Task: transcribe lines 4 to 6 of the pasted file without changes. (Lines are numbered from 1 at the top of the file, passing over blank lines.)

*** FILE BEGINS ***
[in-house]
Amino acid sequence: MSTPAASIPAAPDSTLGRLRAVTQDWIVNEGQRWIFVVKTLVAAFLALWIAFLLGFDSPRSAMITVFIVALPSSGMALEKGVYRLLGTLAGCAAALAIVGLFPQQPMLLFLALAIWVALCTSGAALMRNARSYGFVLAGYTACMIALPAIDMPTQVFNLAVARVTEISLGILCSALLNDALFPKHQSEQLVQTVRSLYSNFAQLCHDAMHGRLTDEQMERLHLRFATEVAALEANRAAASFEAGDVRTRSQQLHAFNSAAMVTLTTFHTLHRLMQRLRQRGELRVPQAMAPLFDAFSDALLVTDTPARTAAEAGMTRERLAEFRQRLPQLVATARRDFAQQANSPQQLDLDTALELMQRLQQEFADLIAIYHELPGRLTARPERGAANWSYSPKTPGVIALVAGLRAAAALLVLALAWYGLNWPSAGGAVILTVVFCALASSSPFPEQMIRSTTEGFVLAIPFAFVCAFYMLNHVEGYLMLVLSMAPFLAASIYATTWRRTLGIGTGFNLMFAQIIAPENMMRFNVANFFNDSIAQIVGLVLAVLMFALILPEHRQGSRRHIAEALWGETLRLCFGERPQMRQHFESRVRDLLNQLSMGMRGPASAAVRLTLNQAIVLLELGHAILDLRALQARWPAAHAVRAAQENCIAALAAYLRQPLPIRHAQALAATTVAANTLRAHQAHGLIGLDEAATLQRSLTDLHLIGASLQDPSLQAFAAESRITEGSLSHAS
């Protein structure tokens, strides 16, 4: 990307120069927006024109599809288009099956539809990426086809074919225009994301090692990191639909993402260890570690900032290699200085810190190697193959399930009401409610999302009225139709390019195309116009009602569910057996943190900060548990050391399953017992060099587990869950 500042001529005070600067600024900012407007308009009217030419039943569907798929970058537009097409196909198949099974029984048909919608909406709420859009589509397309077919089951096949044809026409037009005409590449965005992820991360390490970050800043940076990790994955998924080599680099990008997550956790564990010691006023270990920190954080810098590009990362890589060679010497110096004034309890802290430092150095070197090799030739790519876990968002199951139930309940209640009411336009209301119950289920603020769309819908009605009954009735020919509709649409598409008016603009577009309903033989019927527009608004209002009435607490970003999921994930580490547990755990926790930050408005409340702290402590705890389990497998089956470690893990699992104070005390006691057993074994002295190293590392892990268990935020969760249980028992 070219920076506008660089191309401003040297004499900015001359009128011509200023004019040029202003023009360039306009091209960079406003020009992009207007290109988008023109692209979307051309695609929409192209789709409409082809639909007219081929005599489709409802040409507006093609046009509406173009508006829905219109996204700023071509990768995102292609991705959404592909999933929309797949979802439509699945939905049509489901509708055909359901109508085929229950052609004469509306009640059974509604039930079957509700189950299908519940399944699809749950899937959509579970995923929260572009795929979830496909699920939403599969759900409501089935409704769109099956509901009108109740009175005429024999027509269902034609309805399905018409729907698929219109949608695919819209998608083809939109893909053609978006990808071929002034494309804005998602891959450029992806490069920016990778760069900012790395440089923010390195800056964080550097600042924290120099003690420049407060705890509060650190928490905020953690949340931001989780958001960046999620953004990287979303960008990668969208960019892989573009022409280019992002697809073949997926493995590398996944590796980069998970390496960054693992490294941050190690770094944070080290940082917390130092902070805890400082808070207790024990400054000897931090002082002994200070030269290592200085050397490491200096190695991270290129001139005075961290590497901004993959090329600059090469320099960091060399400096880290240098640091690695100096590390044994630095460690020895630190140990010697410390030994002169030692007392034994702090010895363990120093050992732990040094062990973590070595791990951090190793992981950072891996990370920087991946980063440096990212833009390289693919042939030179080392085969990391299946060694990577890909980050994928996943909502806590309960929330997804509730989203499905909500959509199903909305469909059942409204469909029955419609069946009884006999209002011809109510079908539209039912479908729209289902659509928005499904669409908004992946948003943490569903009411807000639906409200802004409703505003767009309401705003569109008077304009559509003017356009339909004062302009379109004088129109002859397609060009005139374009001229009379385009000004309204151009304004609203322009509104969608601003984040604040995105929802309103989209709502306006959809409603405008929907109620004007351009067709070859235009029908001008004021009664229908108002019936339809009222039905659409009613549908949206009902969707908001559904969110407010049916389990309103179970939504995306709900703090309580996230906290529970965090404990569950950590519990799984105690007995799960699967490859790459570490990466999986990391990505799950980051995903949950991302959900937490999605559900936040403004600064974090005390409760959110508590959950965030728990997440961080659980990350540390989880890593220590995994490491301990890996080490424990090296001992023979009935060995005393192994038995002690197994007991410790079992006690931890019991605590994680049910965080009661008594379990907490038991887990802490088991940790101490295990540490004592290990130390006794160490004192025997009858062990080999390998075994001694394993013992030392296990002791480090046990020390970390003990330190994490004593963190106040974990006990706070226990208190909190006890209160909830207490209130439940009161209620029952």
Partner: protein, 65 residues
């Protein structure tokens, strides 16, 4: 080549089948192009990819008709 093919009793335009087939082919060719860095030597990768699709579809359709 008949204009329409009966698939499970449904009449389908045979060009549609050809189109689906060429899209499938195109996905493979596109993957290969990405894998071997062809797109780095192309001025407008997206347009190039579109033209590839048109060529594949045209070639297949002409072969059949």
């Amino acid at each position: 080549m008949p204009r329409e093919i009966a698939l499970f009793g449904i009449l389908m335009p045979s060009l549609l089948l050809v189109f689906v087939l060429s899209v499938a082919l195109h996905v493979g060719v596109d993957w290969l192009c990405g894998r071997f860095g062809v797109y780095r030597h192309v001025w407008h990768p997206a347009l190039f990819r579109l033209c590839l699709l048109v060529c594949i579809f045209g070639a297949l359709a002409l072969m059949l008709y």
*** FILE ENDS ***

Partner: protein, 65 residues
């Protein structure tokens, strides 16, 4: 080549089948192009990819008709 093919009793335009087939082919060719860095030597990768699709579809359709 008949204009329409009966698939499970449904009449389908045979060009549609050809189109689906060429899209499938195109996905493979596109993957290969990405894998071997062809797109780095192309001025407008997206347009190039579109033209590839048109060529594949045209070639297949002409072969059949």
């Amino acid at each position: 080549m008949p204009r329409e093919i009966a698939l499970f009793g449904i009449l389908m335009p045979s060009l549609l089948l050809v189109f689906v087939l060429s899209v499938a082919l195109h996905v493979g060719v596109d993957w290969l192009c990405g894998r071997f860095g062809v797109y780095r030597h192309v001025w407008h990768p997206a347009l190039f990819r579109l033209c590839l699709l048109v060529c594949i579809f045209g070639a297949l359709a002409l072969m059949l008709y």